Floodplain and Terra Firme Forest. We will explore the quintessential rainforest on the five-mile Ocelot Trail and the five-mile Toucan Trail systems. The Ocelot Trail is in the floodplain with ponds (anacondas and jaguars are possible in this kind of habitat) and streams forming during the rainy season. The Toucan Trail on the other hand is tall rainforest that rarely or never floods. Both of these trails represent the most speciose habitats for birds. Too many possibilities to list, this is habitat for Starred Wood-Quail, Pale-winged Trumpeter, several Trogons, Foliage-gleaners, many Woodcreepers, Antbirds, Flycatchers, Manakins, and much more. Mixed species flocks are especially diverse with understory flocks led by Dusky-throated Antshrike and Red-crowned Ant-tanagers. They often contain 30-40 species (or more!) including Plain-winged Antshrike, Bluish-slate Antshrike, White-eyed Antwren, Thrush-like Antpitta, White-winged Shrike-tanager, Amazonian Barred Woodcreeper and Spix's Woodcreeper. The Ocelot trail also crosses some permanently flooded old ponds inhabited by Agami Heron, Rufescent Tiger-Heron, Green-and-rufous Kingfisher, and Sunbittern.
Riparian Habitat. We will explore older river created habitats at the pond five minutes upstream from TRC (anacondas also possible here!) – forests of Cecropia and Balsa Wood with a bamboo understory. This is the habitat of the legendary Rufous-fronted Antthrush, we could also find Lemon-throated Barbet, Spot-breasted Woodpecker, Cabanis Spinetail, Amazonian Antpitta, Blackish Antbird, Fuscous Flycatcher, Guira Tanager and Orange-backed Troupial. As we exit the pond's forests, we will bird on grassy areas with Tessaria and young Cecropia trees. These are not very diverse for birds but are the main habitat for Plain-crowned and Dark-breasted Spinetails, Mottle-backed Elaenia, Spotted Tody-Flycatcher, Floodplain Thrush, Orange-headed Tanager, and Seedeater species among others.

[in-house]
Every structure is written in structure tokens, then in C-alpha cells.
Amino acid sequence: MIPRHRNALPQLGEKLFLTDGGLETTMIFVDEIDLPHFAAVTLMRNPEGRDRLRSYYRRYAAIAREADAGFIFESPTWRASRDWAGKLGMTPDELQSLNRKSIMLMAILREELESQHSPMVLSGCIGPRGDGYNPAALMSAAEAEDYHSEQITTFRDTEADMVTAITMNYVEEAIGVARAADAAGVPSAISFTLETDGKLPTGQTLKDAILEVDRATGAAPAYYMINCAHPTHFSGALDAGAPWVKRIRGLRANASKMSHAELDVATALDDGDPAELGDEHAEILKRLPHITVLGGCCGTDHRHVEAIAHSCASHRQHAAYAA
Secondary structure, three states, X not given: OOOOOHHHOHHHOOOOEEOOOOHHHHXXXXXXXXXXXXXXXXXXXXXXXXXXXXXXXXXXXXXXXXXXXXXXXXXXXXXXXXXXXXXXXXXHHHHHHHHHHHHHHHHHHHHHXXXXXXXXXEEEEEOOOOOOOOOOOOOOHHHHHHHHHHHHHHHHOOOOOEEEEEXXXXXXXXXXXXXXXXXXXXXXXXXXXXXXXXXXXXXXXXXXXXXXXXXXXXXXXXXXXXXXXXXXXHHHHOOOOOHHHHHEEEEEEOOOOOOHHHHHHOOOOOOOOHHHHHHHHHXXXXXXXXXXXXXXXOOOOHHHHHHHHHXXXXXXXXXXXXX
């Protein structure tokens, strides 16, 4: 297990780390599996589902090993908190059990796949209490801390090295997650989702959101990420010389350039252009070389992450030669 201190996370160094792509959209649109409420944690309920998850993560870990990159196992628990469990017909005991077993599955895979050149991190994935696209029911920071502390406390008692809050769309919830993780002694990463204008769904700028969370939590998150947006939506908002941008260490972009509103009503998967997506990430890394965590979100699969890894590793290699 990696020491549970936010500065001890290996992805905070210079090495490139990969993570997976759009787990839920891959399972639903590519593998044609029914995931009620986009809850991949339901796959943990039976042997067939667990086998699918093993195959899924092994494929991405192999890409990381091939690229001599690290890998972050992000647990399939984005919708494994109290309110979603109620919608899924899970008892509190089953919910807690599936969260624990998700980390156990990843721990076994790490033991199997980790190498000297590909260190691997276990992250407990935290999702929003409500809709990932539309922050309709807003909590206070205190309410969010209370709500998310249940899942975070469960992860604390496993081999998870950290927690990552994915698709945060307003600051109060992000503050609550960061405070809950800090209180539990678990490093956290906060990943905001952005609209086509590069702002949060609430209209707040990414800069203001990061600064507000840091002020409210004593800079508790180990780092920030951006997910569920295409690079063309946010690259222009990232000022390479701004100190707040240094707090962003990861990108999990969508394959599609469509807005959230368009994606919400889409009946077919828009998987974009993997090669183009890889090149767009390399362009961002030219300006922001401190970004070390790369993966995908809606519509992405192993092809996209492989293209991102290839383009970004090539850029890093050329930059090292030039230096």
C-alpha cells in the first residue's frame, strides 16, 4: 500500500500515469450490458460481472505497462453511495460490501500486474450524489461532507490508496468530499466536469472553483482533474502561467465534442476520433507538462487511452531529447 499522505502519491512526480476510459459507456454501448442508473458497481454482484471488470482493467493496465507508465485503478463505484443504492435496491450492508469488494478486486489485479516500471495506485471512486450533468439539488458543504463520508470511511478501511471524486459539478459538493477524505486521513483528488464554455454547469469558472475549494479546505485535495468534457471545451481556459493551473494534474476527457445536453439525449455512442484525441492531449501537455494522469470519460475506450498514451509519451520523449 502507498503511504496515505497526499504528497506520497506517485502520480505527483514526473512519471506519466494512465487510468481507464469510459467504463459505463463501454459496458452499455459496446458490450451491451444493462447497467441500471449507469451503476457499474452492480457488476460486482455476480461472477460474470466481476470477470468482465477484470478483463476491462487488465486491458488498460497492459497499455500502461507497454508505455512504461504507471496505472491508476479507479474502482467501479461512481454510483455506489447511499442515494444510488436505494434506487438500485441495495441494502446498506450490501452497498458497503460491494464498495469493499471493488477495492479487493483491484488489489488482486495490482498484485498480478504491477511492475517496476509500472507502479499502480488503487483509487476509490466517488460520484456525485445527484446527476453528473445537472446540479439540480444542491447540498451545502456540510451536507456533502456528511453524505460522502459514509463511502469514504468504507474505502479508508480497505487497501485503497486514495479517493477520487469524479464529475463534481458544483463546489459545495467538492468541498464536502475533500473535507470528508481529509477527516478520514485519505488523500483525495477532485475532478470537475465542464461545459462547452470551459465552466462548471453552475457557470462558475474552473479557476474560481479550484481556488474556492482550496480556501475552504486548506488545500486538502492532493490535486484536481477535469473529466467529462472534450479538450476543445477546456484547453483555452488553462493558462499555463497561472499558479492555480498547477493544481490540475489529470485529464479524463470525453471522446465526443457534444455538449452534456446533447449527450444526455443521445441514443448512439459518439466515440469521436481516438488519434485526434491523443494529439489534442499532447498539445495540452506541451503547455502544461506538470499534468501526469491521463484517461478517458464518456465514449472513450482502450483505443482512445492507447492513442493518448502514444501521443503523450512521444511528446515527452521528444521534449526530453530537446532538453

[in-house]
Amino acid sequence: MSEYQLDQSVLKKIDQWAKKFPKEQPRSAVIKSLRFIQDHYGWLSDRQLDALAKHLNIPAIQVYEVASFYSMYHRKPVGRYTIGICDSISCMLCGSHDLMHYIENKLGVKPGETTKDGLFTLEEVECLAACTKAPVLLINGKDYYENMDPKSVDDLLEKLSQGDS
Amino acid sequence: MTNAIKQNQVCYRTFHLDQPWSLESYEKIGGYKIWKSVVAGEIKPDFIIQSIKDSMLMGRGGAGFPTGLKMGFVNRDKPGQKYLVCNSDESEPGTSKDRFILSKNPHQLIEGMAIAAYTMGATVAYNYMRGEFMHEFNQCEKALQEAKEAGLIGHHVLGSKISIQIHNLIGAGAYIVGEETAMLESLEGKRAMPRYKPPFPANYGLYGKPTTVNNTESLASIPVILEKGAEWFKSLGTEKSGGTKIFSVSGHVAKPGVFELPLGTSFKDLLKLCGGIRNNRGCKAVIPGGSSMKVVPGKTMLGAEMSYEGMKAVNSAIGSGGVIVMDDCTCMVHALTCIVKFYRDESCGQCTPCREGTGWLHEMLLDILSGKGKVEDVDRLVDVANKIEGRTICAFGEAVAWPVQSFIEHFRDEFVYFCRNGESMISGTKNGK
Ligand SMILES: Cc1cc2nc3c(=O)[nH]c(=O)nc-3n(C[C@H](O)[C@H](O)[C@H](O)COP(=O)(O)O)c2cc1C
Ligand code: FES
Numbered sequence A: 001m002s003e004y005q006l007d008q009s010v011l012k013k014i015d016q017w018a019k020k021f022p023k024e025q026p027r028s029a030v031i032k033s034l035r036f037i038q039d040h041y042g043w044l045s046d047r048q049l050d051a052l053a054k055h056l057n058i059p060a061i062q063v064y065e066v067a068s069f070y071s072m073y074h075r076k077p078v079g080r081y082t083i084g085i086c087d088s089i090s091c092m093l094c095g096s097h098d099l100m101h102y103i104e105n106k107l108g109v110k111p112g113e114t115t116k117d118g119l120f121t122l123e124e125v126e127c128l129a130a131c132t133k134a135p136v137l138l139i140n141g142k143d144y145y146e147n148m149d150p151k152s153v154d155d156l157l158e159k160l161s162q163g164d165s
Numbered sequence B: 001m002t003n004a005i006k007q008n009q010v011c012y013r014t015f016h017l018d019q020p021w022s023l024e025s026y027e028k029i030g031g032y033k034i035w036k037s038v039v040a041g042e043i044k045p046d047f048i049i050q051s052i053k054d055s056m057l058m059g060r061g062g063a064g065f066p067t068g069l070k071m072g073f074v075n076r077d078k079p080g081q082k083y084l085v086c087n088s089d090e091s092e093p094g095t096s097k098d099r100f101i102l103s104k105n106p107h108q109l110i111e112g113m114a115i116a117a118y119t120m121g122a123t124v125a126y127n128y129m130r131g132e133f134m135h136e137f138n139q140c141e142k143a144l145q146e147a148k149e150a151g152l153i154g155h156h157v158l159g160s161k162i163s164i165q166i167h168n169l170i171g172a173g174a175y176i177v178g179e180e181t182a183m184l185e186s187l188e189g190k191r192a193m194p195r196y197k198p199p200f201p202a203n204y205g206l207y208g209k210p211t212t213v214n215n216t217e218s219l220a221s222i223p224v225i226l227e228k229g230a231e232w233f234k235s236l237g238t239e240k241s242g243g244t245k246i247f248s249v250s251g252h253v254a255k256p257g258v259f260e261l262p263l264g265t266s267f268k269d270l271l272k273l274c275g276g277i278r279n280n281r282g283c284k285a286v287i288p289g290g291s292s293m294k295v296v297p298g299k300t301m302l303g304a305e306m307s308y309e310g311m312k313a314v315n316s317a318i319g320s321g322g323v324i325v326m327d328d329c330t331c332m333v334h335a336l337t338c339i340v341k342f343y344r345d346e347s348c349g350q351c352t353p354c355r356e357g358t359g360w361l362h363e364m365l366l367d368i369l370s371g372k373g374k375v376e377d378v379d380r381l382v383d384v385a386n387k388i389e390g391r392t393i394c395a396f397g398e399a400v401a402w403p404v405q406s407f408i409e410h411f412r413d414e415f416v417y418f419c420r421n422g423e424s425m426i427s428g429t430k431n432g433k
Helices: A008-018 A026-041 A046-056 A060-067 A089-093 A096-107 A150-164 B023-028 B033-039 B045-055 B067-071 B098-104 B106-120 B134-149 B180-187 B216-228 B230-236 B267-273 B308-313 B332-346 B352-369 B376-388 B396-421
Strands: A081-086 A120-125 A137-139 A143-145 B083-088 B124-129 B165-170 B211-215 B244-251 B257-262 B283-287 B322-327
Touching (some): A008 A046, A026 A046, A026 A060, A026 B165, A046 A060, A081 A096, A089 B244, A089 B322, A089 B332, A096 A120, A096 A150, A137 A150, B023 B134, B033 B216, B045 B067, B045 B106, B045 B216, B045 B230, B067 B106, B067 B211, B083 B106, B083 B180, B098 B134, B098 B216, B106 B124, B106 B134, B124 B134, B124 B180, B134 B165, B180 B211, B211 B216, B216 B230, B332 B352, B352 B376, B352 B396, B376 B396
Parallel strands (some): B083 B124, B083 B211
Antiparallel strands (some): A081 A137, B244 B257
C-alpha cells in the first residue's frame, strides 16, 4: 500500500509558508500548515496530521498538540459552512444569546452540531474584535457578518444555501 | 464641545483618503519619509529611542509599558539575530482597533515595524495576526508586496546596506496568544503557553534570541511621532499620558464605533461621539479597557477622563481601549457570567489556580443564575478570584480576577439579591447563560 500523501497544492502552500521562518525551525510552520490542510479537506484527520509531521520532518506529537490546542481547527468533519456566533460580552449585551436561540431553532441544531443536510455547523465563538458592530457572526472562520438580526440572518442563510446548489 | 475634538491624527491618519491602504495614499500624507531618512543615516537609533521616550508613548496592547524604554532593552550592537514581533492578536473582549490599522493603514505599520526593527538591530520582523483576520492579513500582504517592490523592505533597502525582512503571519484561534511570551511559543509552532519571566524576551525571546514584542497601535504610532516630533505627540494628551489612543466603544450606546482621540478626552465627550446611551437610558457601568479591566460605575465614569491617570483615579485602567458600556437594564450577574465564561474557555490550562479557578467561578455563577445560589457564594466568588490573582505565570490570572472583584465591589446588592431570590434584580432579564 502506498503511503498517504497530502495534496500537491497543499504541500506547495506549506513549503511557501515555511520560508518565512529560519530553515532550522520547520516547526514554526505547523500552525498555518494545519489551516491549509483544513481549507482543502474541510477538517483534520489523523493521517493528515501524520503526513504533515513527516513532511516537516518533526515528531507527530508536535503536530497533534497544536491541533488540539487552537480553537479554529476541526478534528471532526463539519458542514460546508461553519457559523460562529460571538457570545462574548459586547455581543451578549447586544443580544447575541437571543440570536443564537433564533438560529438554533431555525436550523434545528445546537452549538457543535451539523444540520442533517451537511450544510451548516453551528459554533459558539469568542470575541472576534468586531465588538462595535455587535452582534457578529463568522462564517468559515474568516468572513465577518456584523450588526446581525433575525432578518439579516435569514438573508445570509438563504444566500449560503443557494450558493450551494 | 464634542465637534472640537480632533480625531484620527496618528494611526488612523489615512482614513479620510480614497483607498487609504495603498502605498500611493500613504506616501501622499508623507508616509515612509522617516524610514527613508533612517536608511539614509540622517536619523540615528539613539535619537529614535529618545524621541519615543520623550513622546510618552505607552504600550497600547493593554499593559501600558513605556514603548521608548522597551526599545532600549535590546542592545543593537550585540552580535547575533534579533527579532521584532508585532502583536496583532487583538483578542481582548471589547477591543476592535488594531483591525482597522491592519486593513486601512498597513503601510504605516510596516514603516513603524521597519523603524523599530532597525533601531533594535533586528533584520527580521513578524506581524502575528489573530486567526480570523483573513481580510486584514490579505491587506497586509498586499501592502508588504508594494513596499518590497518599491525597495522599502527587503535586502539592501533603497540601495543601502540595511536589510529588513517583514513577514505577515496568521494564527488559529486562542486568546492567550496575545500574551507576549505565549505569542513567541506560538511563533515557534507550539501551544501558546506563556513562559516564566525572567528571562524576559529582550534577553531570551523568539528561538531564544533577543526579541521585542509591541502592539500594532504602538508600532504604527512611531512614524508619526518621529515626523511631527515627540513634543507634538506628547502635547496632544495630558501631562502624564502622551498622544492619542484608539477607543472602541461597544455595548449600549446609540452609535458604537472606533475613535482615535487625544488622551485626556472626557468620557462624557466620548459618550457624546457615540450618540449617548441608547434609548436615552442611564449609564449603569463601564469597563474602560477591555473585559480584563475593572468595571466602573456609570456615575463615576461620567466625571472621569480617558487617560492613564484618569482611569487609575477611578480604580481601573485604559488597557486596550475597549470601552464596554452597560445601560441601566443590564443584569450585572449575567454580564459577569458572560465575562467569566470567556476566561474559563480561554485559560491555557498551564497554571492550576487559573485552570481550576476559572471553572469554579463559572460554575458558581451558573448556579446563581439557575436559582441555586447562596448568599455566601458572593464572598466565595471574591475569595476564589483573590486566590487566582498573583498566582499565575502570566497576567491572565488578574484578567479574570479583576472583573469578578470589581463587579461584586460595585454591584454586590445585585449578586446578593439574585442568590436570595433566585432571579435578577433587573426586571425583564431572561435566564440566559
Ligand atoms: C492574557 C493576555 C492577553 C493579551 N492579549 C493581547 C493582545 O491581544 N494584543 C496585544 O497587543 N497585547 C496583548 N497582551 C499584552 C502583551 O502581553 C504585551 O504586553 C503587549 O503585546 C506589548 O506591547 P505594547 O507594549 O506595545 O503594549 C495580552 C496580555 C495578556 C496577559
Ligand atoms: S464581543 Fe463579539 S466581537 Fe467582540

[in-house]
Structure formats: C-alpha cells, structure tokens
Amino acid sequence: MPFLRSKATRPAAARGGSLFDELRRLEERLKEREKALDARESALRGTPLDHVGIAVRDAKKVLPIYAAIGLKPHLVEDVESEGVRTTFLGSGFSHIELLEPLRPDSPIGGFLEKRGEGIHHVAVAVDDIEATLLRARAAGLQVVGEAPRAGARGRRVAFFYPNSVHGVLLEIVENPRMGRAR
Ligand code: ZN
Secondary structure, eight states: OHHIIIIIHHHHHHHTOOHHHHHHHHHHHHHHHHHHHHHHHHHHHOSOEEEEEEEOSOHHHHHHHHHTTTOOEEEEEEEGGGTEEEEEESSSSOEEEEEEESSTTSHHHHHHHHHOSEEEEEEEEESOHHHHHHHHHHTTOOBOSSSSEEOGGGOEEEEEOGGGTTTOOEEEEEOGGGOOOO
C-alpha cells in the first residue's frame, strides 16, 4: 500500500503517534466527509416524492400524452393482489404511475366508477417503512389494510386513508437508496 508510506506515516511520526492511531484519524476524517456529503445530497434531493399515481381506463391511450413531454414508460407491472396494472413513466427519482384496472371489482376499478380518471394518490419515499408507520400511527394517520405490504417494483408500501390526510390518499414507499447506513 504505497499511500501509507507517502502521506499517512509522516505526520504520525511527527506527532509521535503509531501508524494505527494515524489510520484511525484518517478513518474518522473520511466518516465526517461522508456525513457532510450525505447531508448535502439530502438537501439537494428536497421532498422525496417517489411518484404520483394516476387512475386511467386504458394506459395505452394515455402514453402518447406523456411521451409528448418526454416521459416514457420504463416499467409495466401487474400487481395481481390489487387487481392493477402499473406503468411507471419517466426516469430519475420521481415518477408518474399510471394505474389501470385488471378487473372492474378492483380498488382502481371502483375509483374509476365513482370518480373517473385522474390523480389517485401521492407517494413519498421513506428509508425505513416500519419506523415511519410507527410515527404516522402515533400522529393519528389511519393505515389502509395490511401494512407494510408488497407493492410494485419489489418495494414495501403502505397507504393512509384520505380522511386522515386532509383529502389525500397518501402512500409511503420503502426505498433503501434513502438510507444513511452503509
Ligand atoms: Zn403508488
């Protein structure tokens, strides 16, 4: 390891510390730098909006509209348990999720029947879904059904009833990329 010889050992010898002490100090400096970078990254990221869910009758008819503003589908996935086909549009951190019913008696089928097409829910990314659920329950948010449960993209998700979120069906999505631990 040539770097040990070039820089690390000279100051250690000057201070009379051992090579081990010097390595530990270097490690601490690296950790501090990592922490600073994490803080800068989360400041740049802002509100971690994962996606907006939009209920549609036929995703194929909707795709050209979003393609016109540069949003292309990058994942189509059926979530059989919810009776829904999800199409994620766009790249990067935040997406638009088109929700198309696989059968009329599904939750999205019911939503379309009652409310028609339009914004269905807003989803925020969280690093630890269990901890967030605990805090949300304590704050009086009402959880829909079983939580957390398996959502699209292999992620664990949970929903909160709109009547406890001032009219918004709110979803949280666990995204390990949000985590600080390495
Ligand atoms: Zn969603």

Transitional forests above the clay lick. These were bamboo forests until they flowered and died out a few years ago. Now they are akin to riparian forests but will eventually grow into terra firme as they are not affected by yearly floods. Here we would spot White-throated Jacamar, Buff-throated Saltator, Amazonian Grey Saltator, Scarlet-hooded Barbet, Crested and Russet-backed Oropendolas, Piratic Flycatcher, Yellow-billed Nunbird and others. While birding these spots we will have extraordinary views of the Tambopata river winding its way from the highlands.
Night walks. We will venture out near the lodge trying to spot-light a Pauraque, Tawny-bellied Screech-Owl, Great Potoo, Long tailed Potoo, Ocellated Poorwill and if we are lucky a Mottled Owl or Crested Owl.
Overnight at TRC lodge.

Meals: Breakfast, lunch, dinner.

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DAY 8: Tambopata Research Center - Refugio Amazonas

Early morning transfer by boat to Refugio Amazonas Lodge, where we will be arriving at around noon.
In the afternoon we will be birding at a relaxed pace around the lodge. Since Refugio Amazonas is built on land which was once part of a timber concession and cattle ranch the forest on parts of our trail system are in secondary forests. This means the birds we will be looking for are: Barred Antshrike, Short-tailed Pygmy-tyrant, Streaked Flycatcher, Boat-billed Flycatcher, Solitary Cacique, Grey-fronted Dove, Ruddy Ground-dove and others.